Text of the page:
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Tim Montgomerie

Many of us would have liked David Cameron and George Osborne to have set out their deficit reduction strategy in more (if not full) detail before the last General Election. My belief was that the country was ready for candour and would have voted for truth telling. Cameron and Osborne decided that it wouldn't. They set out a few cost saving measures at the 2009 Tory Conference but then backed away from the austerity language and from any further specifics. I say the resulting fear of the unknown was one of the reasons why they failed to win a majority. It made the electorable susceptible to Brown's scare stories. Cameron and Osborne would say that fear of the cuts they did set out was one of the reasons why they fell short.

You don't get perfect experiments in politics but the Let's-Be-Candid-School may be about to be lab tested on the other side of the Atlantic.

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Yesterday, Paul Ryan, a Republican Congressman and Chairman of the Budget Committee of the Budget Committee of the House of Representatives, set out what he called The Path To Prosperity. He did so in this brilliant video. His Plan is a seventy page document that sets out to reform America's tax system, control the country's rapidly ballooning entitlement programmes and, over ten years, cuts $6.2 trillion from President Obama's budget plan.

The editors of National Review called it "the most ambitious conservative initiative since — well, actually, since ever." Peter Wehner concluded that Ryan (and Christie) had restored the GOP as the party of ideas.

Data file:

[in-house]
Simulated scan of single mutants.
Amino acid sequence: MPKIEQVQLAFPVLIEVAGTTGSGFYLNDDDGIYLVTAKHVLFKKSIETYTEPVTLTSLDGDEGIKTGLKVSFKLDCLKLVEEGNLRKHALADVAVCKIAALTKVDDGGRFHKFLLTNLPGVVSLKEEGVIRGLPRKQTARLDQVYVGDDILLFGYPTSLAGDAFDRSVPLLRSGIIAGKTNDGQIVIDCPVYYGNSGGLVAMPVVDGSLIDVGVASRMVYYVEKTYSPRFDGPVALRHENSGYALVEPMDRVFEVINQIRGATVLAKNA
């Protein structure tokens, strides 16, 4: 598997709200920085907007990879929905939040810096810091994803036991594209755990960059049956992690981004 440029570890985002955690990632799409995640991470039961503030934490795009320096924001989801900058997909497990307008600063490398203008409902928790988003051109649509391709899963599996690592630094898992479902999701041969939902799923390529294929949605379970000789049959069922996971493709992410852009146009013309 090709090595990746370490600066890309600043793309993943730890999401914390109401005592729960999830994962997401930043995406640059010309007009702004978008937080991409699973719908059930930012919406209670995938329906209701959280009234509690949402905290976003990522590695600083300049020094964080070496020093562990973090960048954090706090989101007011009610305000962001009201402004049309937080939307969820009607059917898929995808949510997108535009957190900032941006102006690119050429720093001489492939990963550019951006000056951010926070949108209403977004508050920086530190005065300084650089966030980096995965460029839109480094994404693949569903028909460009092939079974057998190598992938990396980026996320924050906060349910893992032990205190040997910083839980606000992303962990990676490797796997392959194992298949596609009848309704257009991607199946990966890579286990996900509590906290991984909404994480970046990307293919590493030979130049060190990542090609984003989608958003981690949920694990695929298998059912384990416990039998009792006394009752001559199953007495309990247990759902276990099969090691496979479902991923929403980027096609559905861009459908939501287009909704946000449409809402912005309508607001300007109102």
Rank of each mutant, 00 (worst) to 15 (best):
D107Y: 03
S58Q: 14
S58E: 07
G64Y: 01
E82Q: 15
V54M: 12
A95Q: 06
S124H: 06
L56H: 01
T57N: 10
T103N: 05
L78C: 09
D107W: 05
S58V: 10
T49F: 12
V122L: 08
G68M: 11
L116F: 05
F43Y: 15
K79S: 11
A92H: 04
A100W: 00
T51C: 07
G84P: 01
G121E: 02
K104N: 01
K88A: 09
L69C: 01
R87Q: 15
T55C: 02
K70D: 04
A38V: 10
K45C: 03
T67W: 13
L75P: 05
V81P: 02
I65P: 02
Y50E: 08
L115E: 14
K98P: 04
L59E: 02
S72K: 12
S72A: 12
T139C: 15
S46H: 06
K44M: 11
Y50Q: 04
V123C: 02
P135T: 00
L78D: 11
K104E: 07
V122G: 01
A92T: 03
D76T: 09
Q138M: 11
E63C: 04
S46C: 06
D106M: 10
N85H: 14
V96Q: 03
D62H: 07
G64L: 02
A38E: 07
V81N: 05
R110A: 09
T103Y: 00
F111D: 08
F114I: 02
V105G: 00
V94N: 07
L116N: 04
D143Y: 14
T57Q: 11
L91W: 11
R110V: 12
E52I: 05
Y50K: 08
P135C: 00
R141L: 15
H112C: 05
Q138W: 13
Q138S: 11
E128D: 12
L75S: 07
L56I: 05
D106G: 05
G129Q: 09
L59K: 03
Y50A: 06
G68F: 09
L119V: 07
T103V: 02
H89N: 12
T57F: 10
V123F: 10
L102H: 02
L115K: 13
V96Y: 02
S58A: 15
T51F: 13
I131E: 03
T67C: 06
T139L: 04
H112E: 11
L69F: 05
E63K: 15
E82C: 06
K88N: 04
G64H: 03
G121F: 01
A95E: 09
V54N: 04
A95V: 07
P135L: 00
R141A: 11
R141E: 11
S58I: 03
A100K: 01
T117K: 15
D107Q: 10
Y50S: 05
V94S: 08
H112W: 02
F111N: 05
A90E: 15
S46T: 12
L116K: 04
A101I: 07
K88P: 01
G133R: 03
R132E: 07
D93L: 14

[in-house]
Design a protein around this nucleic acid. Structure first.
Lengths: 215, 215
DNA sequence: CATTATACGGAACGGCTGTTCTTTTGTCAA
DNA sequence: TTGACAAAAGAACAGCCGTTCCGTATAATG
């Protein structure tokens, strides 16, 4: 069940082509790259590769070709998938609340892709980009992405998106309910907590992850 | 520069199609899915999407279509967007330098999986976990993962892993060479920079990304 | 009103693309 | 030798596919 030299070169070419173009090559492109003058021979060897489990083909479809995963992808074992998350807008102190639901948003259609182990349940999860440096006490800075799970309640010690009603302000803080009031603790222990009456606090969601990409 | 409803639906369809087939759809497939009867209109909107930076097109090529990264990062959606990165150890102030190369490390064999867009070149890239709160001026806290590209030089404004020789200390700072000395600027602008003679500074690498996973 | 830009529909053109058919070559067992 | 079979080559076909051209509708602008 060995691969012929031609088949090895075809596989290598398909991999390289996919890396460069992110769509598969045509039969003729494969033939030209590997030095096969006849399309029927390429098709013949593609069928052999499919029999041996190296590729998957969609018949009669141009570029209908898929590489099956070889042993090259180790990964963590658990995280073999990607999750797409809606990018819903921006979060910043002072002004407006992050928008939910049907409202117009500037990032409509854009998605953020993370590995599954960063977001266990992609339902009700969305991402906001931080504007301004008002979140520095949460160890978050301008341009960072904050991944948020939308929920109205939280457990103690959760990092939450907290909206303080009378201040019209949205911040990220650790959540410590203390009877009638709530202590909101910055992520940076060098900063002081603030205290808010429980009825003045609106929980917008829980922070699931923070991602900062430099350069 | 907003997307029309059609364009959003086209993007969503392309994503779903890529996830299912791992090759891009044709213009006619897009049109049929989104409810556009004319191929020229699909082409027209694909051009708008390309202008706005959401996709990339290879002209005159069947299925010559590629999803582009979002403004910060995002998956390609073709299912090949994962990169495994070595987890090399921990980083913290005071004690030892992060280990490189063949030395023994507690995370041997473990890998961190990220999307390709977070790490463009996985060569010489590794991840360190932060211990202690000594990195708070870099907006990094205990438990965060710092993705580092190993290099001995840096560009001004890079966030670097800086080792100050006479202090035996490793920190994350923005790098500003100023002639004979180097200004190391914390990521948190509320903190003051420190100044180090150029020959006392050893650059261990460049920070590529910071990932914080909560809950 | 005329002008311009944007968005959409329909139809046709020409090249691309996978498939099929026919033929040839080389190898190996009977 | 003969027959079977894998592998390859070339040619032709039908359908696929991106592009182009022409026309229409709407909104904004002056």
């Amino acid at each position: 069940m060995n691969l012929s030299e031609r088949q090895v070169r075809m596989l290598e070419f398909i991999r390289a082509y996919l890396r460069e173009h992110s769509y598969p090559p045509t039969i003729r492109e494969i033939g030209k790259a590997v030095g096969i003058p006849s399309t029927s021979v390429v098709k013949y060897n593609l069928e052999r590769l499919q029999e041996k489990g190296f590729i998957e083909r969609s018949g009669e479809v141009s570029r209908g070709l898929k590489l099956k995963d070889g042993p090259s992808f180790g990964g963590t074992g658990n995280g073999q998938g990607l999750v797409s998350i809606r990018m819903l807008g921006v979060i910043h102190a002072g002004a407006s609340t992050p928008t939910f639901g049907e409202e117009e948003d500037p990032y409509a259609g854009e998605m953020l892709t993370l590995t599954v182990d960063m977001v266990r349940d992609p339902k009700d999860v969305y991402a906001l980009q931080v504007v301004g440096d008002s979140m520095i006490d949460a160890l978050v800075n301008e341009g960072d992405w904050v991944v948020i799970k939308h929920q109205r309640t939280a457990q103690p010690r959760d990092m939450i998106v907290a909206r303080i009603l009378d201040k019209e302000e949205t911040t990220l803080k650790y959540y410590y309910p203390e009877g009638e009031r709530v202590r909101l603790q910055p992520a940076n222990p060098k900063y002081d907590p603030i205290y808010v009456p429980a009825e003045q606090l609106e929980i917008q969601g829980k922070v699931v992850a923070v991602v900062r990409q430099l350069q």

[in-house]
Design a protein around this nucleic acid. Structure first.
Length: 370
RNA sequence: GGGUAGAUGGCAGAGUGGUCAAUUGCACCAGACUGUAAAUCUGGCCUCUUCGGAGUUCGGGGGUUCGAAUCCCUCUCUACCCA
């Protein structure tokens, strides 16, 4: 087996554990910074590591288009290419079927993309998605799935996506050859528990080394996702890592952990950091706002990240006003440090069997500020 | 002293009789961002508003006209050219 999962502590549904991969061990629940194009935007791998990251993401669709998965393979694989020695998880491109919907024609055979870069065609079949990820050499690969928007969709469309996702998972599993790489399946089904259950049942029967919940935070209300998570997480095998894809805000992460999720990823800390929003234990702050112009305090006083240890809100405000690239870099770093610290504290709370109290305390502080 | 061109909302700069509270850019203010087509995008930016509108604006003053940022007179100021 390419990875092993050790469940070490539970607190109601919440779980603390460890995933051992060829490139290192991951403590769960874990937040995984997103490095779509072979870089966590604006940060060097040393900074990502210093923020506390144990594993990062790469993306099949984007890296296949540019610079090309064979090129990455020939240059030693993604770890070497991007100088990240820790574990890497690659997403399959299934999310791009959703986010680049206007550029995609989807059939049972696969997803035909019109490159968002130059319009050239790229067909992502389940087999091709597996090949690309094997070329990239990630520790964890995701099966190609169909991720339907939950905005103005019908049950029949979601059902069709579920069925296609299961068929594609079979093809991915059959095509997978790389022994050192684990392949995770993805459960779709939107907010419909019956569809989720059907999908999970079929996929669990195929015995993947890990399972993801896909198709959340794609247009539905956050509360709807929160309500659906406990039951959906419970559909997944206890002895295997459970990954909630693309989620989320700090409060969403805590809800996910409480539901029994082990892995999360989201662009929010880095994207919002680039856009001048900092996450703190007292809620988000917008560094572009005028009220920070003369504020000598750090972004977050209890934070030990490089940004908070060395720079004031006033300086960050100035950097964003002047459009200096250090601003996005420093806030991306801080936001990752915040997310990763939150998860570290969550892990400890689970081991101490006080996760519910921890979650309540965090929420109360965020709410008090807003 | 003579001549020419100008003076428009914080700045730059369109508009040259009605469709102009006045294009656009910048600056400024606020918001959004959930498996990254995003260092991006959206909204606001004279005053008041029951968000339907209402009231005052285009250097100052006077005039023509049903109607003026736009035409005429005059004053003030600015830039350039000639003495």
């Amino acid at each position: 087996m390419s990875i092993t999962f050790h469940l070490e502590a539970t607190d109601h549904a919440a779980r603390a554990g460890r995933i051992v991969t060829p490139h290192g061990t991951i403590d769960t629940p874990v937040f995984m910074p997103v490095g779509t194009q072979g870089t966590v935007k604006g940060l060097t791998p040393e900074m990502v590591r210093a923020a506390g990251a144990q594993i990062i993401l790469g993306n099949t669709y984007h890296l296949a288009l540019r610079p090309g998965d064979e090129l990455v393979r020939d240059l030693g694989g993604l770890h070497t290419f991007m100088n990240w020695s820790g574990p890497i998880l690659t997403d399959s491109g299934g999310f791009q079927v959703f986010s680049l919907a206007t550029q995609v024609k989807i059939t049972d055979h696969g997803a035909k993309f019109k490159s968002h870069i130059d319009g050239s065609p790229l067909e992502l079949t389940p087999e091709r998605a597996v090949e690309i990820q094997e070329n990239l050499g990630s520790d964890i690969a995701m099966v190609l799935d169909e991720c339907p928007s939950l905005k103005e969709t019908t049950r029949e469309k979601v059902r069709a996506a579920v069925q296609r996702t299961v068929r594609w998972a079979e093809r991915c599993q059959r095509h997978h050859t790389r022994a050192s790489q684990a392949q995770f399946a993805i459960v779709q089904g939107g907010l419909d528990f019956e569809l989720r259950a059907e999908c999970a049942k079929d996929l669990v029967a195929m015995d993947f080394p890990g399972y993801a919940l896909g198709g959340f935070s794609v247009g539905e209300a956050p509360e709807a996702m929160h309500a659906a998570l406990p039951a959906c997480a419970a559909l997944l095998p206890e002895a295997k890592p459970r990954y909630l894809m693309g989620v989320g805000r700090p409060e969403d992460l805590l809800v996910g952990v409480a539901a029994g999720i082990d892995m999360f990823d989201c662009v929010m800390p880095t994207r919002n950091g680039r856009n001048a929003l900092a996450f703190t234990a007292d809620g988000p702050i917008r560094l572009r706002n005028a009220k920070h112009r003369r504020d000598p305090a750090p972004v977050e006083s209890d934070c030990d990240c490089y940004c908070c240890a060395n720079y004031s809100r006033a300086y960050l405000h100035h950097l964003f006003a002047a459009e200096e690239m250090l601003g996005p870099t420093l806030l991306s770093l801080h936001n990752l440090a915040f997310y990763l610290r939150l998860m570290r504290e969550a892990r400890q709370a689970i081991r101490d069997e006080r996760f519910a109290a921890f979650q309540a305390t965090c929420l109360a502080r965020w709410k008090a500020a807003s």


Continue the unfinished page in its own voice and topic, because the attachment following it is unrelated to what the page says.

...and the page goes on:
My colleague at ConservativeHomeUSA, Ryan Streeter, urged people to see the plan as "a 21st century government modernization effort" rather than, simply, as a budget plan. He listed its main components:

  • Spending cut to below 2008 levels;
  • Reform of agricultural subsidies;
  • Devolution of control of Medicaid, job programmes and food stamps to individual states;
  • Medicare will be protected as currently configured for those aged 55 and over but future retirees will have to join other plans that will be taxpayer-supported but not by 100%;
  • New controls on spending including enforceable caps; and
  • Tax reform, including elimination of deductions and loopholes to finance lower overall rates.

See the full Ryan on Ryan guide.

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Back to where I started in this blog. The Ryan plan is a massive gamble. According to a WSJ/NBC poll the size of the deficit is the number two issue for voters. The number one issue is jobs and growth – goals which Congressman Ryan was careful to put at the heart of his Plan. But the broad support for deficit reduction falls away when Americans are asked about specifics. Only 18% of people support cuts to Medicaid according to the same WSJ/NBC poll.

Ryan would say that the greater gamble is for America to carry on the Obama course, piling up debts and promising unaffordable benefits to its senior citizens.

Time will tell if the Republican candidates for the White House side with Ryan or distance themselves from him. If the nominee is a Ryan-ite we might get something of an answer to the question about the pre-election caution of Britain's Conservatives.

20 comments for: “The most ambitious conservative initiative since — well, actually, since ever.”

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